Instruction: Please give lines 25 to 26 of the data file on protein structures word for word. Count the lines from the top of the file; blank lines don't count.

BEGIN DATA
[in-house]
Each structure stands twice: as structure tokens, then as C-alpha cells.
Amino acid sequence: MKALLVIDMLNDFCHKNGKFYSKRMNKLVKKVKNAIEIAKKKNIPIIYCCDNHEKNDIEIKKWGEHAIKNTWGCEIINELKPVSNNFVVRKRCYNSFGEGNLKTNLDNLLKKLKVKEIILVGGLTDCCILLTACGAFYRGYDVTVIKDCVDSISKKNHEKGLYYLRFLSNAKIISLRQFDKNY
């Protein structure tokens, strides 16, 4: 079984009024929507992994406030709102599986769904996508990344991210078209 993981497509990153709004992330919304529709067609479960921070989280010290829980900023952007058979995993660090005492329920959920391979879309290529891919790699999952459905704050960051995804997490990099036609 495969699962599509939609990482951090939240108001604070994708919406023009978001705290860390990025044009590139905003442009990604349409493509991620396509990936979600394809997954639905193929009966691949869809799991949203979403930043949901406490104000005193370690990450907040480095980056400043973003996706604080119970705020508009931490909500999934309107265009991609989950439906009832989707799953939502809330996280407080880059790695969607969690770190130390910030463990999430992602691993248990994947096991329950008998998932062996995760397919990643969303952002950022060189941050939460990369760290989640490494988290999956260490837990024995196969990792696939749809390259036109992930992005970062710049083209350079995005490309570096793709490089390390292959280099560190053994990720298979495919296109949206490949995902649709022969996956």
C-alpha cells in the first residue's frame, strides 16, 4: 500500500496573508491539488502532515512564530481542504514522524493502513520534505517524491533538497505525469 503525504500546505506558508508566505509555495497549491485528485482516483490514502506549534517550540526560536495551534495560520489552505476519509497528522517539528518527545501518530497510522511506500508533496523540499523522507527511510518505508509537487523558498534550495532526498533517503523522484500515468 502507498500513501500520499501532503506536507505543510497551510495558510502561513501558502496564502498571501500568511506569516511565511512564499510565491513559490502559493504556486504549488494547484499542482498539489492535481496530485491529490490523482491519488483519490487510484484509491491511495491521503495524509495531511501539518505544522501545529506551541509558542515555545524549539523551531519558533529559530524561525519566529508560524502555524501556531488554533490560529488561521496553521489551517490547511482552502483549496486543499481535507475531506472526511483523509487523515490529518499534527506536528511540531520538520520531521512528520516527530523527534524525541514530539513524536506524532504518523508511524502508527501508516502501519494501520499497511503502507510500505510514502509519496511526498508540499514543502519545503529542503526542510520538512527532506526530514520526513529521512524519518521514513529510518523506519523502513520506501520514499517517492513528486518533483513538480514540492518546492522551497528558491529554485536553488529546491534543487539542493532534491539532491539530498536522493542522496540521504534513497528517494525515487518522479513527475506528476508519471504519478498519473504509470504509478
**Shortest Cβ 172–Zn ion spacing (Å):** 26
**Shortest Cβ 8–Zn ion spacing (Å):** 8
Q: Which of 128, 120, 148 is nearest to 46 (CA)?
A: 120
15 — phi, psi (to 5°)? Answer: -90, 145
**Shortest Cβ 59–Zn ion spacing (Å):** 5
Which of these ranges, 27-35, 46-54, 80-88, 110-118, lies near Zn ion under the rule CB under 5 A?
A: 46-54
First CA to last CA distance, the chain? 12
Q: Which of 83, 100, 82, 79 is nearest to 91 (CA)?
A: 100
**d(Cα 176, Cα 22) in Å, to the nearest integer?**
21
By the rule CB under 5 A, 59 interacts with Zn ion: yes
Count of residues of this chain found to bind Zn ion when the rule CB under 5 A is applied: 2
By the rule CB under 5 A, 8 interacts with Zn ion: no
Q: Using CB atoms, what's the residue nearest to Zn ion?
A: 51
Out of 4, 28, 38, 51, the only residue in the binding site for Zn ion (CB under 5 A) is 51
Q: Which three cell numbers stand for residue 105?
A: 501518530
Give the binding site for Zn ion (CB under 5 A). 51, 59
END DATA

Q: Which three cell numbers stand for residue 105?
A: 501518530